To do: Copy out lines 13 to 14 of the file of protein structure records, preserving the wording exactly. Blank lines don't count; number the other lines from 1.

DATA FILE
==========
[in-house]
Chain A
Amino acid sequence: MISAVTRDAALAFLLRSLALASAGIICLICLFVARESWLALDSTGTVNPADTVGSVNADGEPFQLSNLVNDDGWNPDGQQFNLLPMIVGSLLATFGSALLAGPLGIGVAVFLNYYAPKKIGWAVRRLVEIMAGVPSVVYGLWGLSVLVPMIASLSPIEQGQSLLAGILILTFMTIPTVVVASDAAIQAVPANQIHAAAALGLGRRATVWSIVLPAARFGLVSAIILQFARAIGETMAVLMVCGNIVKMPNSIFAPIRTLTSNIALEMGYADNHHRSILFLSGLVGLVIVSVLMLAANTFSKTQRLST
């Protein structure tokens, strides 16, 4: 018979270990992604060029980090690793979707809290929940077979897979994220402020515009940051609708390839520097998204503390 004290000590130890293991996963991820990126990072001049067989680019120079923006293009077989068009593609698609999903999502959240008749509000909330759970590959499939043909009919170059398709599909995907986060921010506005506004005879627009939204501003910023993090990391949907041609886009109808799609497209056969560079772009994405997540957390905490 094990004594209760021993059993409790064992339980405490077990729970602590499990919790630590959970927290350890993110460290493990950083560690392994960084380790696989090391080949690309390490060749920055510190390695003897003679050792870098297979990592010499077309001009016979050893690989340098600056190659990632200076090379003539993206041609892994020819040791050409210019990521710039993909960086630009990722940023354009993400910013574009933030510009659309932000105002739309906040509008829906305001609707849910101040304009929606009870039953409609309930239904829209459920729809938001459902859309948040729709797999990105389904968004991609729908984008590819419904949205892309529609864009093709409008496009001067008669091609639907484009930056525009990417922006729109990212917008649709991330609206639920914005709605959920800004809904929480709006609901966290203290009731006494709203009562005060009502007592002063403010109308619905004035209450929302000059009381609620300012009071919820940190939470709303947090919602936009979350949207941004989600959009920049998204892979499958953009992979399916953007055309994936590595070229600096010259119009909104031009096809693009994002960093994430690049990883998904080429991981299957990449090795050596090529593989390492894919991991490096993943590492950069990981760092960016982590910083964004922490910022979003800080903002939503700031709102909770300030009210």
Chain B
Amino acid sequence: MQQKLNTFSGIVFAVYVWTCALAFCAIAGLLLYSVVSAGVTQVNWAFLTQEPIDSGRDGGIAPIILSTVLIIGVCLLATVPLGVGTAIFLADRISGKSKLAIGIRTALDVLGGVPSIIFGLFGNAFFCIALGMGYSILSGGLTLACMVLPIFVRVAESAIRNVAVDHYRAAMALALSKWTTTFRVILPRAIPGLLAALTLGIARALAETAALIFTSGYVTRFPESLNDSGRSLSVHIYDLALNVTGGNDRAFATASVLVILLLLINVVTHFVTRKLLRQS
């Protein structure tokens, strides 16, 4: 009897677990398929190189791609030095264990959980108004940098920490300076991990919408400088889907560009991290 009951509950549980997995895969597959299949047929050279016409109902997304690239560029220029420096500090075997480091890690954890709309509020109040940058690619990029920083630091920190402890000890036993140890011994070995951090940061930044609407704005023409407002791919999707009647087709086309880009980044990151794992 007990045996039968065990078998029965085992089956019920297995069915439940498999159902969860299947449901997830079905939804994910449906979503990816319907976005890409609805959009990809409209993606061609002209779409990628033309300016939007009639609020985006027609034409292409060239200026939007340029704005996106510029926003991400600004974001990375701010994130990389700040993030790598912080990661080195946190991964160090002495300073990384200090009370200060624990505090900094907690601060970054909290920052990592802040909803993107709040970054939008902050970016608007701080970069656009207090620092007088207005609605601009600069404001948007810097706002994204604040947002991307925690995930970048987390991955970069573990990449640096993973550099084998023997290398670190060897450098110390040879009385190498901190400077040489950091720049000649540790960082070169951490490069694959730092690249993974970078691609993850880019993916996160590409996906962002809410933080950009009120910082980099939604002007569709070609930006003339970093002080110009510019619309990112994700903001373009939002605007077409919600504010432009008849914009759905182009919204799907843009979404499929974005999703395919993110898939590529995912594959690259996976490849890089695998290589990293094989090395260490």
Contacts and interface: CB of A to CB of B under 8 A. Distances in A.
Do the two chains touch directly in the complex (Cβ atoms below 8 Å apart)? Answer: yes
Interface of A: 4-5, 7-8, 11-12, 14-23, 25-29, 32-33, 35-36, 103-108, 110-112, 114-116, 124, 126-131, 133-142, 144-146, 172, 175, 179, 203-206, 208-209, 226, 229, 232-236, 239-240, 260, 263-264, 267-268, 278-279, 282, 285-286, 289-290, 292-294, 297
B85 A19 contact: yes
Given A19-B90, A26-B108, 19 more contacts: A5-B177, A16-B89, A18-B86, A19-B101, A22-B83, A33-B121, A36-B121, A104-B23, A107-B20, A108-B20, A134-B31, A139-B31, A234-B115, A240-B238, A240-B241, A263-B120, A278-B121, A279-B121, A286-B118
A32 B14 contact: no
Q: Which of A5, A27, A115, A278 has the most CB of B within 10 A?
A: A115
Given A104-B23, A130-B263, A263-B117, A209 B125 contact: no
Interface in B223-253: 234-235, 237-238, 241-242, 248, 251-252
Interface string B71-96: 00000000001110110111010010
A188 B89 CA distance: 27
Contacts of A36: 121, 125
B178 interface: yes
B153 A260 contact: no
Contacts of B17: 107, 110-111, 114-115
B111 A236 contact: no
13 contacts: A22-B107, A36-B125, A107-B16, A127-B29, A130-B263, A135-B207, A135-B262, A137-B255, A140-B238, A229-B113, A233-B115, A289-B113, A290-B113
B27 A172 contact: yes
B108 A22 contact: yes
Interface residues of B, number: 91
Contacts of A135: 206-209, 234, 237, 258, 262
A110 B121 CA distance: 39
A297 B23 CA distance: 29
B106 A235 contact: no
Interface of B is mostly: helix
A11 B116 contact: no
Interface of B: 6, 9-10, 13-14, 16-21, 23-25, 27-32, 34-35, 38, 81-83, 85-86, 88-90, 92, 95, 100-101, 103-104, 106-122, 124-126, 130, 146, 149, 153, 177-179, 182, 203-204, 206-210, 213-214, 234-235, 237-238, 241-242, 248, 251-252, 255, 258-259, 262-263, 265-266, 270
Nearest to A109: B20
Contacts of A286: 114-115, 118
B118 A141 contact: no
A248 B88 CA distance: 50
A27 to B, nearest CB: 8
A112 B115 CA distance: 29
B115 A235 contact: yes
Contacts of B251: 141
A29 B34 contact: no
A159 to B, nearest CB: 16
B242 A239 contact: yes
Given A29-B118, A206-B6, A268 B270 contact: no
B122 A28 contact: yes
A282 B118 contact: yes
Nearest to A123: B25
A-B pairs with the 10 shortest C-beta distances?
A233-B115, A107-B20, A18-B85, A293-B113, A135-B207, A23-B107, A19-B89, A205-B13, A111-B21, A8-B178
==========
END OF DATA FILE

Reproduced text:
A32 B14 contact: no
Q: Which of A5, A27, A115, A278 has the most CB of B within 10 A?